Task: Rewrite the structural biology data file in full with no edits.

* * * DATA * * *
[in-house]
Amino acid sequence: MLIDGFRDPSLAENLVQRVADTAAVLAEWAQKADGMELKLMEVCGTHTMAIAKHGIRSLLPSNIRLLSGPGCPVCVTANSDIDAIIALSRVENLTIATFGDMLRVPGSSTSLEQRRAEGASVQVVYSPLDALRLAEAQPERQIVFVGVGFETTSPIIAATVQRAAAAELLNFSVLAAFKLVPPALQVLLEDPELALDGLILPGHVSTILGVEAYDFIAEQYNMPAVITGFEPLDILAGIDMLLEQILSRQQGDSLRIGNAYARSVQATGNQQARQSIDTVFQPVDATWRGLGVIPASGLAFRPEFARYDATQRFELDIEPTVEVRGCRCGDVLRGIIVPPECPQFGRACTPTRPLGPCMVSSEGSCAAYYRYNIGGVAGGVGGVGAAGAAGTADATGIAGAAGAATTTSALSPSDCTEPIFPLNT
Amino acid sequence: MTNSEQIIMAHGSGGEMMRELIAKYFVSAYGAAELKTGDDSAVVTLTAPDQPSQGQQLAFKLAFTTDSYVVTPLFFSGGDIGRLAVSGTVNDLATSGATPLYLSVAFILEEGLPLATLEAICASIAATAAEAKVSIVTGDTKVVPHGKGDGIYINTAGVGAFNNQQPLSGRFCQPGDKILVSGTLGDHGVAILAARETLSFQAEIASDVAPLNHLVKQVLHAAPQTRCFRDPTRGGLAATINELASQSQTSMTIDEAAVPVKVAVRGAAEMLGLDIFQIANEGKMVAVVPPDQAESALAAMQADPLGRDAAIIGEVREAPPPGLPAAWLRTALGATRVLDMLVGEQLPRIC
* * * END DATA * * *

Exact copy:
[in-house]
Amino acid sequence: MLIDGFRDPSLAENLVQRVADTAAVLAEWAQKADGMELKLMEVCGTHTMAIAKHGIRSLLPSNIRLLSGPGCPVCVTANSDIDAIIALSRVENLTIATFGDMLRVPGSSTSLEQRRAEGASVQVVYSPLDALRLAEAQPERQIVFVGVGFETTSPIIAATVQRAAAAELLNFSVLAAFKLVPPALQVLLEDPELALDGLILPGHVSTILGVEAYDFIAEQYNMPAVITGFEPLDILAGIDMLLEQILSRQQGDSLRIGNAYARSVQATGNQQARQSIDTVFQPVDATWRGLGVIPASGLAFRPEFARYDATQRFELDIEPTVEVRGCRCGDVLRGIIVPPECPQFGRACTPTRPLGPCMVSSEGSCAAYYRYNIGGVAGGVGGVGAAGAAGTADATGIAGAAGAATTTSALSPSDCTEPIFPLNT
Amino acid sequence: MTNSEQIIMAHGSGGEMMRELIAKYFVSAYGAAELKTGDDSAVVTLTAPDQPSQGQQLAFKLAFTTDSYVVTPLFFSGGDIGRLAVSGTVNDLATSGATPLYLSVAFILEEGLPLATLEAICASIAATAAEAKVSIVTGDTKVVPHGKGDGIYINTAGVGAFNNQQPLSGRFCQPGDKILVSGTLGDHGVAILAARETLSFQAEIASDVAPLNHLVKQVLHAAPQTRCFRDPTRGGLAATINELASQSQTSMTIDEAAVPVKVAVRGAAEMLGLDIFQIANEGKMVAVVPPDQAESALAAMQADPLGRDAAIIGEVREAPPPGLPAAWLRTALGATRVLDMLVGEQLPRIC